|Series:||WildStorm TXF #3|
|Published:||21 January 2009|
|Cover date:||March 2009|
|Date(s):||January 21, 1961 & February 8, 2009|
In Chongqing, China on January 21, 1961 at 2:47 p.m., a group of elderly Chinese men watch as a heavily pregnant woman gives birth. One of the men helps deliver the baby then holds the newborn child up, in esteem, happily announcing that the "glory days" are returning.In San Francisco on Tuesday, January 8, 2009 at 11:47 p.m., another elderly Chinese man, Harold Li, is running along the Golden Gate Bridge, hurrying away from a shadowed person holding a knife. The mysterious man's hand is marked with a certain symbol and bloodily plunges the knife into the old man. At about 1 a.m., Chieu Shi, an elderly Chinese woman, is sitting in her bathtub at home as a man stands in nearby shadow, holding a knife in a hand marked with the same particular symbol. He raises his fist, clutching onto the knife, and strangles the woman, leaving her lifeless body in the bathtub, surrounded by blood. Officer Callis notifies Agents Mulder and Scully of the unexplained murders.
The three investigators are at San Francisco City Morgue on Wednesday at 10:23 a.m., looking at the victims' deceased bodies. Although Officer Callis reveals that he and his men have not established a connection between the victims, Mulder notices that each of the two bodies has been marked with gouges - in the shape of the symbol that their murderer bore - and refers to the patterns as Tong symbols, suspecting that they are a nasty calling card. Scully mentions that both victims were strangled and deduces that the markings must have been cut before each victim's death. Mulder considers that the victims may have died while willfully practicing "kinky" strangulations but Scully deems that possibility to be unlikely and wonders why she and Mulder have been called upon to investigate the case, as it seems to be merely a gruesome but common homicide. Officer Callis notifies the agents of the weirdest aspect of the cases; both victims were, according to the coroner's initial report, murdered at virtually the same time even though DNA and fingerprints found by C.S.I. on both victims match, in both cases. Because Callis is eager to leave, he and the agents depart from the morgue together.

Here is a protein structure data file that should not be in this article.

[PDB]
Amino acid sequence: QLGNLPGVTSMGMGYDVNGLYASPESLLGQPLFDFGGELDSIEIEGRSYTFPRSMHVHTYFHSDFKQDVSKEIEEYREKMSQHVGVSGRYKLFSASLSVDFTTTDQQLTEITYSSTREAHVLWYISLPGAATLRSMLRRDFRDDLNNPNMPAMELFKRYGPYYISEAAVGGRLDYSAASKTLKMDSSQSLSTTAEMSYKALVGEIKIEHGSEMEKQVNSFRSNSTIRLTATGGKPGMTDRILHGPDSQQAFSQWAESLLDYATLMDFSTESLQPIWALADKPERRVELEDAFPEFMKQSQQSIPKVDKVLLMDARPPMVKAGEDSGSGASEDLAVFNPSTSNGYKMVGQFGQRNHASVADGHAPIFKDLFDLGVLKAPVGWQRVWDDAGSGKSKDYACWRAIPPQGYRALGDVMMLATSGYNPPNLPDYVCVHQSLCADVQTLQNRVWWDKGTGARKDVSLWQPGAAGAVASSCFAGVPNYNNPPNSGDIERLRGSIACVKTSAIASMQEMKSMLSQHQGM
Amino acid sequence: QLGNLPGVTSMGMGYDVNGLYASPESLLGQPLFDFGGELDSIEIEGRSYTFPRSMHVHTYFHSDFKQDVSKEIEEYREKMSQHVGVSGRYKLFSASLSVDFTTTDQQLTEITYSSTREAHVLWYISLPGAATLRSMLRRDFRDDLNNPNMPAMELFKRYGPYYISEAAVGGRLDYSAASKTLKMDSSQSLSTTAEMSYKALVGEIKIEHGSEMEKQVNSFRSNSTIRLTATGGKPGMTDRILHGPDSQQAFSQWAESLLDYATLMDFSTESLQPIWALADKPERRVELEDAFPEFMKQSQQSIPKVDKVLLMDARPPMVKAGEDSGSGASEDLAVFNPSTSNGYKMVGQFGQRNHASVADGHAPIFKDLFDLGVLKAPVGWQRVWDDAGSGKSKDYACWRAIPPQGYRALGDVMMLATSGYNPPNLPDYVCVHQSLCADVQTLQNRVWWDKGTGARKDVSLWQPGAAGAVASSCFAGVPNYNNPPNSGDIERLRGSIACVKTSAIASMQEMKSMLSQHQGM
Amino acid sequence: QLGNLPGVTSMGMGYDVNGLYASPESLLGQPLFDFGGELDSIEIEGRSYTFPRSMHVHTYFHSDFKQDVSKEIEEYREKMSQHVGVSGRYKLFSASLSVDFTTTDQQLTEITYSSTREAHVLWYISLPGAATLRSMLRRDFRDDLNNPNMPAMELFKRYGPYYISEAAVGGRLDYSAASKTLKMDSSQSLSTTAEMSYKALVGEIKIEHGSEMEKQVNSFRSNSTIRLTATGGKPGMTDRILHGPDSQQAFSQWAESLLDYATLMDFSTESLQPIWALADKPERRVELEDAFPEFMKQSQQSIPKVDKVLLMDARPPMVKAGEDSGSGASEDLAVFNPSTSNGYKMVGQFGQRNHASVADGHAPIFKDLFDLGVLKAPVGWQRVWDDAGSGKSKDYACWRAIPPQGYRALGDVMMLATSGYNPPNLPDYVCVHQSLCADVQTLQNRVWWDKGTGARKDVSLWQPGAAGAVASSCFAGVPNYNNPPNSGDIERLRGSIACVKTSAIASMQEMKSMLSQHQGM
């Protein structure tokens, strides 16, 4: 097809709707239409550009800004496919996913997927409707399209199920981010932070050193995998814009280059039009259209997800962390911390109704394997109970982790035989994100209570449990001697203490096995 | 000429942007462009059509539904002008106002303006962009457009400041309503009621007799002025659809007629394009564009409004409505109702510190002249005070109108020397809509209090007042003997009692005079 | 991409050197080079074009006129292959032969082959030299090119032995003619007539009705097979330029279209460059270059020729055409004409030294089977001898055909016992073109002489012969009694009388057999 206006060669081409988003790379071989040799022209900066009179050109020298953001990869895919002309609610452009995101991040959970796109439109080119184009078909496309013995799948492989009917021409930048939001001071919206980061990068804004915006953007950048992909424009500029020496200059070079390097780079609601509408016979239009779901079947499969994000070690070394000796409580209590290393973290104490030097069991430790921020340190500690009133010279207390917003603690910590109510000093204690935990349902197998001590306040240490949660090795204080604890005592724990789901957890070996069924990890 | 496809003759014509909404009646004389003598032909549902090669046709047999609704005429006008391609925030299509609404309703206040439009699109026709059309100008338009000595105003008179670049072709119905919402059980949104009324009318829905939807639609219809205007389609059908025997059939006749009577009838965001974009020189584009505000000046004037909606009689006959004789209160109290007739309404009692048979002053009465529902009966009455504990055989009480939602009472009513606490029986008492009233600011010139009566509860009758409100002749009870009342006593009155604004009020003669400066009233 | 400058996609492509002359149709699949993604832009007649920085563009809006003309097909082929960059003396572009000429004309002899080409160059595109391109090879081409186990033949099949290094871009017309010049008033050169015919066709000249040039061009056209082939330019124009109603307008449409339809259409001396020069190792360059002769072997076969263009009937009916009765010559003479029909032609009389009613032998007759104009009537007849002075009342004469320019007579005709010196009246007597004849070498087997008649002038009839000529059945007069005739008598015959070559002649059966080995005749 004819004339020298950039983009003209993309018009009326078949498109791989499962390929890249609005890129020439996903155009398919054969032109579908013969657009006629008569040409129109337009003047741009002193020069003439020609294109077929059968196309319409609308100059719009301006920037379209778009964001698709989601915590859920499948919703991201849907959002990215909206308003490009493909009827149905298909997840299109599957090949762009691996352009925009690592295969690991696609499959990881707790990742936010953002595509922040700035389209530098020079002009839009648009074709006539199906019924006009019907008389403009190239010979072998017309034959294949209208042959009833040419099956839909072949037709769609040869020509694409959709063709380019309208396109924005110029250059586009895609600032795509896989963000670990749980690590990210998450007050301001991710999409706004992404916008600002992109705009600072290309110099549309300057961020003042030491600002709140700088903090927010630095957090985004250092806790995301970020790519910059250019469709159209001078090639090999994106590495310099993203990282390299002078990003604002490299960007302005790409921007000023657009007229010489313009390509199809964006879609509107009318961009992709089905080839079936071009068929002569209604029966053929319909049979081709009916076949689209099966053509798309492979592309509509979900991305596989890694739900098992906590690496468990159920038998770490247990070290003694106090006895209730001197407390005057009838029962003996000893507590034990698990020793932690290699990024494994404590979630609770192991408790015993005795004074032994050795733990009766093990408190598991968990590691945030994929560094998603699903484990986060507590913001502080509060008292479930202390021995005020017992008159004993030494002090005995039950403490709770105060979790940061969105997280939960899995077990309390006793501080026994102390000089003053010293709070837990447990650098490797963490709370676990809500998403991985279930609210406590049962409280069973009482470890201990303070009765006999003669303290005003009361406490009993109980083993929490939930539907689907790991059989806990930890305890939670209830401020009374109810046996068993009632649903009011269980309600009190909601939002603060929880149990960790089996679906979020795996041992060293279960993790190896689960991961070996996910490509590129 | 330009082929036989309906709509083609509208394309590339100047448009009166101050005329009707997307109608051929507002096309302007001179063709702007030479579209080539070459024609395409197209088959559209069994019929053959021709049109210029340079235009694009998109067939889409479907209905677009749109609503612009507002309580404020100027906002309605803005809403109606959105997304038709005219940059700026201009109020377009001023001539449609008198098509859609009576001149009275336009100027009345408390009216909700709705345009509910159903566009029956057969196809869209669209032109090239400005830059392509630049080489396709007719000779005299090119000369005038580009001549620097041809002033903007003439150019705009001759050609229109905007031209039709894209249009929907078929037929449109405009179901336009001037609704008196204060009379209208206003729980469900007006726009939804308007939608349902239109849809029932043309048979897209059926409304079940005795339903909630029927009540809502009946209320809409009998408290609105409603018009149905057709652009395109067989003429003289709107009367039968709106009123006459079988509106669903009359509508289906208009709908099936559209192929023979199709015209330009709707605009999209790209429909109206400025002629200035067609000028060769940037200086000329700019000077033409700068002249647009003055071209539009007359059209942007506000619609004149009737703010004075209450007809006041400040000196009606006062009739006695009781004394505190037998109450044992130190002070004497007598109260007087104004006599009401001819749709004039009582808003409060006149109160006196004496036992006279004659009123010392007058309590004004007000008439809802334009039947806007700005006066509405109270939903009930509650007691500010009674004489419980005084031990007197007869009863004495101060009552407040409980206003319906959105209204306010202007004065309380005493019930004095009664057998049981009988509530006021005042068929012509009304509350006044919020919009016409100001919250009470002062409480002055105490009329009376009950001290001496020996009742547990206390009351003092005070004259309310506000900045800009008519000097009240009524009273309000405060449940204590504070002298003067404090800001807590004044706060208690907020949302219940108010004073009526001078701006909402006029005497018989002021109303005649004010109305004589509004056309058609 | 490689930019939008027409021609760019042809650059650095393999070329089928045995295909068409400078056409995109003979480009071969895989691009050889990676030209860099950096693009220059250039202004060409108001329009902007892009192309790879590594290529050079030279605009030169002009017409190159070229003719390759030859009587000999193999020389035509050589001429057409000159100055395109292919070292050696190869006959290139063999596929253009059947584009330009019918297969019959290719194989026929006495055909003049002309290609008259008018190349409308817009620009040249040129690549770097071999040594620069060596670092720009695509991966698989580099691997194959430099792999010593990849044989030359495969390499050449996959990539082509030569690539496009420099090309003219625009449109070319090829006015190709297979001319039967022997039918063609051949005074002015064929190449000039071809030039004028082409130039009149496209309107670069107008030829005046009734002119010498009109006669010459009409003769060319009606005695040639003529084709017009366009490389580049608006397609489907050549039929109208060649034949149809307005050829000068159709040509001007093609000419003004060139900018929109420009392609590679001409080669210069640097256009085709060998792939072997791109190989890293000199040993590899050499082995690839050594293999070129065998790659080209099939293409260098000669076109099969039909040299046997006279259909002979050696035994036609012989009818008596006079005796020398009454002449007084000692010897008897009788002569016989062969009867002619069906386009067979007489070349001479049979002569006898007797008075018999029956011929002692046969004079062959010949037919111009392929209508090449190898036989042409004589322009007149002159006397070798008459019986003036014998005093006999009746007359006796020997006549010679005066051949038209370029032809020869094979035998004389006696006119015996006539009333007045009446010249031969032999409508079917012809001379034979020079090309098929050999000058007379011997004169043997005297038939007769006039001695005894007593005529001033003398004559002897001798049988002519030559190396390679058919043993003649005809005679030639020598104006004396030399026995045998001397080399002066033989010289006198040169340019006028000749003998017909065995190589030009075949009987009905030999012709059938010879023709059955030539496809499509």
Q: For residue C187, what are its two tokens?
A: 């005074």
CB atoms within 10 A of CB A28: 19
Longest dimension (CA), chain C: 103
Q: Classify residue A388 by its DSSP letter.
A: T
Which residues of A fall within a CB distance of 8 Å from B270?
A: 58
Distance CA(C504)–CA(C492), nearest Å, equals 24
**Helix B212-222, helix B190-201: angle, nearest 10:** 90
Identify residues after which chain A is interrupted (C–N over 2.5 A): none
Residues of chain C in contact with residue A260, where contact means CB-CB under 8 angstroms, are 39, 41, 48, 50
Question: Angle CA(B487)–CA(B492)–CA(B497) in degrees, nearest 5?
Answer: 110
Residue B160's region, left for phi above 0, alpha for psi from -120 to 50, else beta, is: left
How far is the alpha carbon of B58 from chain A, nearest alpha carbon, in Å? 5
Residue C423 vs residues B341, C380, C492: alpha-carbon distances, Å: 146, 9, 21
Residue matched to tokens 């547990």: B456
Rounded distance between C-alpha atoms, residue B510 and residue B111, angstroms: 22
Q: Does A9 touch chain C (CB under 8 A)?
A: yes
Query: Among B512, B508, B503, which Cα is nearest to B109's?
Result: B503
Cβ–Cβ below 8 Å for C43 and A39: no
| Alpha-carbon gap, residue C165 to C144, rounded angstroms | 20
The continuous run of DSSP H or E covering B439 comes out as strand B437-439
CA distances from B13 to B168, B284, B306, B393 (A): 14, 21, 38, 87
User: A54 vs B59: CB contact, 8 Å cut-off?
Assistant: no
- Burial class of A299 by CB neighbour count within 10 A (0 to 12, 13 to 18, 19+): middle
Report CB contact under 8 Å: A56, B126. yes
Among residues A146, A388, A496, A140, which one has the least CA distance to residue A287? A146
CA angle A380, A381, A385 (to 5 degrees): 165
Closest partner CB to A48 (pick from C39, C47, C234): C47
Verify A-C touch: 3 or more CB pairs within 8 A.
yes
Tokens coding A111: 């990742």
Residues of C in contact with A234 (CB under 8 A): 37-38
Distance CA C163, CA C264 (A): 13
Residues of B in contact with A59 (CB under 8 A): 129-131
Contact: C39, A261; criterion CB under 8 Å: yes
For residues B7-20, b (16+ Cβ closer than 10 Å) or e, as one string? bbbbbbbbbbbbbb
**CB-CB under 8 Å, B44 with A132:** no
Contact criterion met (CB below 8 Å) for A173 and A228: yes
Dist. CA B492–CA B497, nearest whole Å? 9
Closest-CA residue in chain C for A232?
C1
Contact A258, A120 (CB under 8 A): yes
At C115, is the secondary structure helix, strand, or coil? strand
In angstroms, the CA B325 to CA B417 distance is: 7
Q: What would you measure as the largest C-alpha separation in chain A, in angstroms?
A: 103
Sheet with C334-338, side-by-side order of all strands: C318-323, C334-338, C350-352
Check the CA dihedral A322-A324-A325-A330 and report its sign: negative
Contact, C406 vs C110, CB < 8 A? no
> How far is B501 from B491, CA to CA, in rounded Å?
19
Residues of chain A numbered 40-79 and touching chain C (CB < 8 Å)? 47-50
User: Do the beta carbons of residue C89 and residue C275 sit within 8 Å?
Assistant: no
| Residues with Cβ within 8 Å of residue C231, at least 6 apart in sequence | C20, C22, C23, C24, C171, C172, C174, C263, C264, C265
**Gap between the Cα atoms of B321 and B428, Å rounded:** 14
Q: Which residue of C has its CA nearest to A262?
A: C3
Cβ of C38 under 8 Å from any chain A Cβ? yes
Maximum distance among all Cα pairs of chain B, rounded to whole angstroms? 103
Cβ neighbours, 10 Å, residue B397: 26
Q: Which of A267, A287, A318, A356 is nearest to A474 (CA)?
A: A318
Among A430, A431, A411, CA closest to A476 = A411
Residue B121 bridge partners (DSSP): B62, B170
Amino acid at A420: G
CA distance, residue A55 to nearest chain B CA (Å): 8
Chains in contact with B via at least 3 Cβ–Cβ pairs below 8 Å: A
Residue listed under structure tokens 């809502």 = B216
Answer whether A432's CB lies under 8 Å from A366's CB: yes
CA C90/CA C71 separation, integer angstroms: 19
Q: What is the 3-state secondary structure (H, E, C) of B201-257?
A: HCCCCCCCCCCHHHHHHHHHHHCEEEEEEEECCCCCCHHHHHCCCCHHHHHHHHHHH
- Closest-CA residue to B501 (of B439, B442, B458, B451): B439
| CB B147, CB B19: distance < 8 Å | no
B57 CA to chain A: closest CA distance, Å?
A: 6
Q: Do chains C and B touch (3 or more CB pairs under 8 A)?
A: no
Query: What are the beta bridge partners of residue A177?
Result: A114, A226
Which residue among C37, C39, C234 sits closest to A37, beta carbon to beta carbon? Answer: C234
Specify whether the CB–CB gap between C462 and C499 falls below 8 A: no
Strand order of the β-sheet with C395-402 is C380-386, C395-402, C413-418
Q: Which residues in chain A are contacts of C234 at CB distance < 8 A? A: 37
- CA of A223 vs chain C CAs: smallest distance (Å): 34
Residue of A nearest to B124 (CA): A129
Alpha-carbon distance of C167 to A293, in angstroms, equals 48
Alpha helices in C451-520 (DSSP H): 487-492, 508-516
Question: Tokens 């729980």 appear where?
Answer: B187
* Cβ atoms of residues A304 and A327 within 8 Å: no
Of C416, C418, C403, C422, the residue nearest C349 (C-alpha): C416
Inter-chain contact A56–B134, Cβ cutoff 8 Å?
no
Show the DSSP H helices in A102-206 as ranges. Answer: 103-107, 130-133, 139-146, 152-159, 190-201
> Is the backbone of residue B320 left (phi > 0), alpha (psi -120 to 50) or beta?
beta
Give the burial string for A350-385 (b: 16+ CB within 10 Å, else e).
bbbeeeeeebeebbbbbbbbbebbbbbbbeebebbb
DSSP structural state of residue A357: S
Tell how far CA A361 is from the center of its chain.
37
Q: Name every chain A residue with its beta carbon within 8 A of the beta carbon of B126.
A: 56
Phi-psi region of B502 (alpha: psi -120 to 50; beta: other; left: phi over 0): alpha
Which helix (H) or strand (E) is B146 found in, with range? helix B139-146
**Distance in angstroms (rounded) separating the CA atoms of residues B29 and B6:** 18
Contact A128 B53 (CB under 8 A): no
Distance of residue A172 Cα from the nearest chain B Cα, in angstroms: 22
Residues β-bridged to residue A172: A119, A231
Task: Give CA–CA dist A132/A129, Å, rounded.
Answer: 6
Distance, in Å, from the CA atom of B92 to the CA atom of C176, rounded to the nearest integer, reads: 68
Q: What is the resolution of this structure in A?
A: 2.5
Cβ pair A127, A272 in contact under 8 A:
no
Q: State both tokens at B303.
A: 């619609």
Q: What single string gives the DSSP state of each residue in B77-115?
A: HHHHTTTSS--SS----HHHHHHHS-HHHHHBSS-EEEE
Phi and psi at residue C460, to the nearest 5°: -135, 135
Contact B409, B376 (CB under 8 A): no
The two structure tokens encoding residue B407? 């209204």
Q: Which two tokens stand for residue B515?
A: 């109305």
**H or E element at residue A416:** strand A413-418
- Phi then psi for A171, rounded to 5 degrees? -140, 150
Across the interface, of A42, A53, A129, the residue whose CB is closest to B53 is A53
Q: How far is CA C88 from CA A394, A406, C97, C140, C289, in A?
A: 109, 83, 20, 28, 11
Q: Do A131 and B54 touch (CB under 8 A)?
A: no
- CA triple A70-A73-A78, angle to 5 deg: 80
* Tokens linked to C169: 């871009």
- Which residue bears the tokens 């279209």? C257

As they head outside, Mulder relates to Scully that he considers the case to be an X-file because, in his opinion, the killer obviously somehow managed to murder two people in completely different locations, at exactly the same time. Callis tells the agents, before they drive away, that his team are waiting for an answer to whether the fingerprints can be identified and offers to keep the agents apprised of this situation.
The agents discuss the case in their car - where Mulder reiterates his conclusion that the Tong symbol carved into both bodies is a message or, as Scully suggests, a warning - and in a Chinatown restaurant - where Scully mentions that the Tongs either no longer exist or, if it did, has transformed itself into legitimate organizations. In the restaurant, Mulder recounts that some Tong sects were well versed in Chinese mysticism, which he obliquely suggests may be responsible, and receives a call from Officer Callis, who relays news that the fingerprints are those of businessman Wilson Chan.
The agents then visit Chan's offices, discovering that they don't seem to be the typical criminal lair, but are told by his secretary that he has been out of the country for the past week. According to the secretary, Chan is due to arrive at about 6:30, that night. Mulder receives another call from Officer Callis and learns that another murder has been committed.